last for years, saving you money. • DON’T use pesticides. Hummers’ diet is 60% protein from tiny flying insects. Kill bugs and you kill hummers’ food supply. • DON’T use ant guards that contain pesticides or say “Keep out of the reach of children.” • DON’T use red dye or commercial nectars that include red dye. Dye may harm birds’ kidneys. • DON’T use commercially prepared nectars that include additives; they can be harmful to birds and waste your money. • DON’T use molasses, honey, brown sugar or artificial sweeteners. • DON’T hang feeders in direct sun or within reach of frogs or cats.

Ten Top Hummer Plants • Wild columbine • Coral bells • Flame honeysuckle • Scarlet runner bean • Zinnias • Hostas • Rose of Sharon • Butterfly bush • Bee balm • Sage species Sharon Sorenson and her husband, Charles, settled in St. Philip in 1966 and continue to improve their certified backyard habitat that to date has hosted 160 species of birds and 46 species of butterflies. She can be contacted at:

I’m just sayin’

My Best Day Ever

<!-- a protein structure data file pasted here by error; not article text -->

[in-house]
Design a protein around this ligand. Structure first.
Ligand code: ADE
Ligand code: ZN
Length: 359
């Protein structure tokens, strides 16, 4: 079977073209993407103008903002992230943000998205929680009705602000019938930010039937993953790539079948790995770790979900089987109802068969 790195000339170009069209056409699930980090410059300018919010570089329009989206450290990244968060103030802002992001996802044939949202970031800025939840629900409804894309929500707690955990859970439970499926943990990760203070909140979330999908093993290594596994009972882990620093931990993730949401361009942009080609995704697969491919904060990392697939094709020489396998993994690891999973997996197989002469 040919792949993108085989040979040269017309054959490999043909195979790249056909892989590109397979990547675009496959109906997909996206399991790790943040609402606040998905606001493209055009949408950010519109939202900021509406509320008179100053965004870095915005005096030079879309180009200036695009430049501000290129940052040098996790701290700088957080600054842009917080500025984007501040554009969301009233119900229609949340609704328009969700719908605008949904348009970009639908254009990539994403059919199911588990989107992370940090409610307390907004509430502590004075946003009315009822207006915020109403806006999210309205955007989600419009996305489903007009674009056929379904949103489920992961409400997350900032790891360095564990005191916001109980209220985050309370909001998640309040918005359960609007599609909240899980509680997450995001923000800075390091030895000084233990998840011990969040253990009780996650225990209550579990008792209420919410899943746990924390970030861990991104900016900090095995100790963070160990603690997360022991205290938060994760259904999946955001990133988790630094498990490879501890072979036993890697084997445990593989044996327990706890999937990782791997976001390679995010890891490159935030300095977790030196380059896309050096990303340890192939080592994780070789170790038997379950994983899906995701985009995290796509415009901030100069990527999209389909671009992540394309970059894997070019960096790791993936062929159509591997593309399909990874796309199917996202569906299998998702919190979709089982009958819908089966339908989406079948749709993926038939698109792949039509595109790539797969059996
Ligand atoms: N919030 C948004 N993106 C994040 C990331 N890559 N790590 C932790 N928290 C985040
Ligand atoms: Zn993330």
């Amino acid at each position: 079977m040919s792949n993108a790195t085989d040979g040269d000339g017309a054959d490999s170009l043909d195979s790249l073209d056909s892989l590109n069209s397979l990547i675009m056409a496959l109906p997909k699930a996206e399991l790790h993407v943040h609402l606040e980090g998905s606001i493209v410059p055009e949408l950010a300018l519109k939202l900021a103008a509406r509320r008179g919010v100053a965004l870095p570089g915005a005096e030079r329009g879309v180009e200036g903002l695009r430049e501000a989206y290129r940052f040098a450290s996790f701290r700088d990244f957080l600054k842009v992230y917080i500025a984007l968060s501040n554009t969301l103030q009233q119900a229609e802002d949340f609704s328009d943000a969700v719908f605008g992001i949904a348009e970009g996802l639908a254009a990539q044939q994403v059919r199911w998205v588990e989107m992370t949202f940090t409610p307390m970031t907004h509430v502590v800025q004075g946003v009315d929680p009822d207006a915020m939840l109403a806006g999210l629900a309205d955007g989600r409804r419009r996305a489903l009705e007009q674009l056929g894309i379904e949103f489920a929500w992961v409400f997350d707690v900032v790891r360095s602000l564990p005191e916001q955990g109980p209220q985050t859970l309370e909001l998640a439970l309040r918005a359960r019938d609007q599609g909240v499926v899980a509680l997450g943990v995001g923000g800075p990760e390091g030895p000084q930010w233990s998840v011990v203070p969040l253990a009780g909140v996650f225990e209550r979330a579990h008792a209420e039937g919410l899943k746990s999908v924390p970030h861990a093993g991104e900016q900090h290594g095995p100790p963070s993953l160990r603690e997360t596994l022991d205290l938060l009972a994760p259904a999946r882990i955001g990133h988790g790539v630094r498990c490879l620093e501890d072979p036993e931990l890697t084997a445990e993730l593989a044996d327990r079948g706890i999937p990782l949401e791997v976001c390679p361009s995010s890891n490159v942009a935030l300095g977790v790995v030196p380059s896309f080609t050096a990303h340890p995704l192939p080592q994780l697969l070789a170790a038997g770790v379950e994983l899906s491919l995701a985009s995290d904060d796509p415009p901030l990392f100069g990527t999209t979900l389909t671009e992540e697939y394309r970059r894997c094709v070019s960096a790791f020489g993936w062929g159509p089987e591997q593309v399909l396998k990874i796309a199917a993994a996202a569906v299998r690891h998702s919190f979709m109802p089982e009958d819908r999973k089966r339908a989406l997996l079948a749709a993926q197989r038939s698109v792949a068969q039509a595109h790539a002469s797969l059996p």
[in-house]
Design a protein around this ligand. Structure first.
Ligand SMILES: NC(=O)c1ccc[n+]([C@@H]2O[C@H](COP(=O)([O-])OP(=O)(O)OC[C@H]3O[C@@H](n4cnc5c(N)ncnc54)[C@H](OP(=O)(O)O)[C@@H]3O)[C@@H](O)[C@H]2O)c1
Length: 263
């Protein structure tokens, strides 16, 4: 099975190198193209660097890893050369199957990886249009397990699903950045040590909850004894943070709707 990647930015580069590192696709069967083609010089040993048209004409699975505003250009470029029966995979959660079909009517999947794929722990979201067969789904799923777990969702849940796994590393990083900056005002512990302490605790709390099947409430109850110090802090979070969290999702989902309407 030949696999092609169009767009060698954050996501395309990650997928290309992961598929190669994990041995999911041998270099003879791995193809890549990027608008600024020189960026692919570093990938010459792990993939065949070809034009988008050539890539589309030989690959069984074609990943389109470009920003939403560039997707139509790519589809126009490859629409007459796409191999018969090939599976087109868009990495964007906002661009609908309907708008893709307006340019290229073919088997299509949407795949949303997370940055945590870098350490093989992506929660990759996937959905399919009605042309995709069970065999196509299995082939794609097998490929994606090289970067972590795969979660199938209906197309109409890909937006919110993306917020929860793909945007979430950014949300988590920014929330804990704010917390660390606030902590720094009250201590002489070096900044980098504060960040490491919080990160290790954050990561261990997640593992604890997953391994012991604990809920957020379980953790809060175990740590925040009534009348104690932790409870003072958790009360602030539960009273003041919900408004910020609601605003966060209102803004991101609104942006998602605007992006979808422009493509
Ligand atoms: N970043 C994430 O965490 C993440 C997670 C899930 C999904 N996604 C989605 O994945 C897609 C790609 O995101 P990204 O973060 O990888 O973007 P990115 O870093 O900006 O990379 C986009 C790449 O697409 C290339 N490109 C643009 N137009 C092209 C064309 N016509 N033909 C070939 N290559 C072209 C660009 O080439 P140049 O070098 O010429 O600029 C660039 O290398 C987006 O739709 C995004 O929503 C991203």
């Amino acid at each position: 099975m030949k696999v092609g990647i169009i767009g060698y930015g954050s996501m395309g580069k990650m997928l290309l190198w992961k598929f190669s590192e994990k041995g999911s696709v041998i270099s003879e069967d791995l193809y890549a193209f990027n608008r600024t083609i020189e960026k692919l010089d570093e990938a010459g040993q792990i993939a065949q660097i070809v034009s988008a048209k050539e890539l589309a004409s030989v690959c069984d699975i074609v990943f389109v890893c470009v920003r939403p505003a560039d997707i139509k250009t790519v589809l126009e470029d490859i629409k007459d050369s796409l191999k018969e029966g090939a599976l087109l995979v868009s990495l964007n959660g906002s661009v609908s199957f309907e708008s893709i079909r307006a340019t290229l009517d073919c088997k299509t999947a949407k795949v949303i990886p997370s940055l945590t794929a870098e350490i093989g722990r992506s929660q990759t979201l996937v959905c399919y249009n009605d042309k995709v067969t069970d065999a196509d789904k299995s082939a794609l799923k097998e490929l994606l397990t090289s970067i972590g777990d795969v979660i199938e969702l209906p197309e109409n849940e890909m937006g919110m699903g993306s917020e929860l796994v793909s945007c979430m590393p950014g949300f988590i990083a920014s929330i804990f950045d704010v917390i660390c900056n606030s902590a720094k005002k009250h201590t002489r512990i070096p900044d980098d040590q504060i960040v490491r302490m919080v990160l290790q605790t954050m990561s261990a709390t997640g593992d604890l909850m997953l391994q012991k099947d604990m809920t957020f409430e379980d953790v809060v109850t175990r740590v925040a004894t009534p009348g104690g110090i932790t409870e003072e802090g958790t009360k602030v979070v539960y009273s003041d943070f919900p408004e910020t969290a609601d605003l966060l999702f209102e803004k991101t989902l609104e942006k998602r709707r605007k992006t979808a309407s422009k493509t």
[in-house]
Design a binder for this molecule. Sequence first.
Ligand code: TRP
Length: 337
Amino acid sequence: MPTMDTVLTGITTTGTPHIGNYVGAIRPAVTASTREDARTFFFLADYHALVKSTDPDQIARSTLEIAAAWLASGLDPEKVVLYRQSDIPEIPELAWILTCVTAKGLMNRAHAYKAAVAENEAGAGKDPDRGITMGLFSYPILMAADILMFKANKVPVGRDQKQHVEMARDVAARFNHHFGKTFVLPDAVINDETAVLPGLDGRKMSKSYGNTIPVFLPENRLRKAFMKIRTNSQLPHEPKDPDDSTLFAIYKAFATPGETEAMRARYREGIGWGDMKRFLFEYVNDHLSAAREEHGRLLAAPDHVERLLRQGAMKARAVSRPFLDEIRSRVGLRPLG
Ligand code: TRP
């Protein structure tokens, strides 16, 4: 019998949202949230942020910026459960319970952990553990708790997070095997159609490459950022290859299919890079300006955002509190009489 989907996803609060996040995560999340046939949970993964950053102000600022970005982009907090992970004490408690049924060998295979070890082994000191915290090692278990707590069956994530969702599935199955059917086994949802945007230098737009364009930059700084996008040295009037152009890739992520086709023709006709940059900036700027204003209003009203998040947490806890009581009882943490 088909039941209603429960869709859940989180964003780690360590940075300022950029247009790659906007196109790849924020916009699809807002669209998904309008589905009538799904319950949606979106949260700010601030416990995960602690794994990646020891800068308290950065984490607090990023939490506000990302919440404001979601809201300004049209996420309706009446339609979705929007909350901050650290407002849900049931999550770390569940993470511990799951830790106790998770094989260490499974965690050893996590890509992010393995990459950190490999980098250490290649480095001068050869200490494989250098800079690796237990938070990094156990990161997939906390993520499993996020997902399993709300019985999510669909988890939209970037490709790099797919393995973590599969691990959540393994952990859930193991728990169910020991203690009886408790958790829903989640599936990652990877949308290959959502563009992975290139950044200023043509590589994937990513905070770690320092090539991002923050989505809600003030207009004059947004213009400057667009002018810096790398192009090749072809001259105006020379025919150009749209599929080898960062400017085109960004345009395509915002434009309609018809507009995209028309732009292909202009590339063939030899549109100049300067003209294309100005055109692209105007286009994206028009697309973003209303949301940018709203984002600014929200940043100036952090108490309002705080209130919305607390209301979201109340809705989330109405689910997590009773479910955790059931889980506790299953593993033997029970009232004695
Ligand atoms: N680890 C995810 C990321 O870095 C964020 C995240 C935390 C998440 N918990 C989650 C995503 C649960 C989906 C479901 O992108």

My best day must have been the day that I bought my first truck. I was 14. It was a dark green1998 Toyota Tacoma with 188,000 miles on it. The ol’ boy had been through a lot in his day. The green body of the beast might just give the story of its life you might say. I had found my first love. The truck was my best friend and would be for the next three years. Jacob Ries Mt. Vernon High My best day ever was when I got a homerun off a bunt down third base line. My team, Mount Vernon Wildcats, was down by four runs and it was our championship game. The bases were loaded and there were already two outs. The pitcher tried a change up on me and I waited until the last moment to show a bunt. The opposite team’s players tried to throw me out but when they threw to the bag I was already at the next. I had done it—I had won the championship for my team! Jody Fisher Mt. Vernon Jr. High All the papers and all the files, All the anticipation as I sit for awhile, Wondering what will happen, And if it’s anything I’ve ever imagined. Now I am on my way To a family and home where I’ll happily stay. Felicia Thomson Mt. Vernon High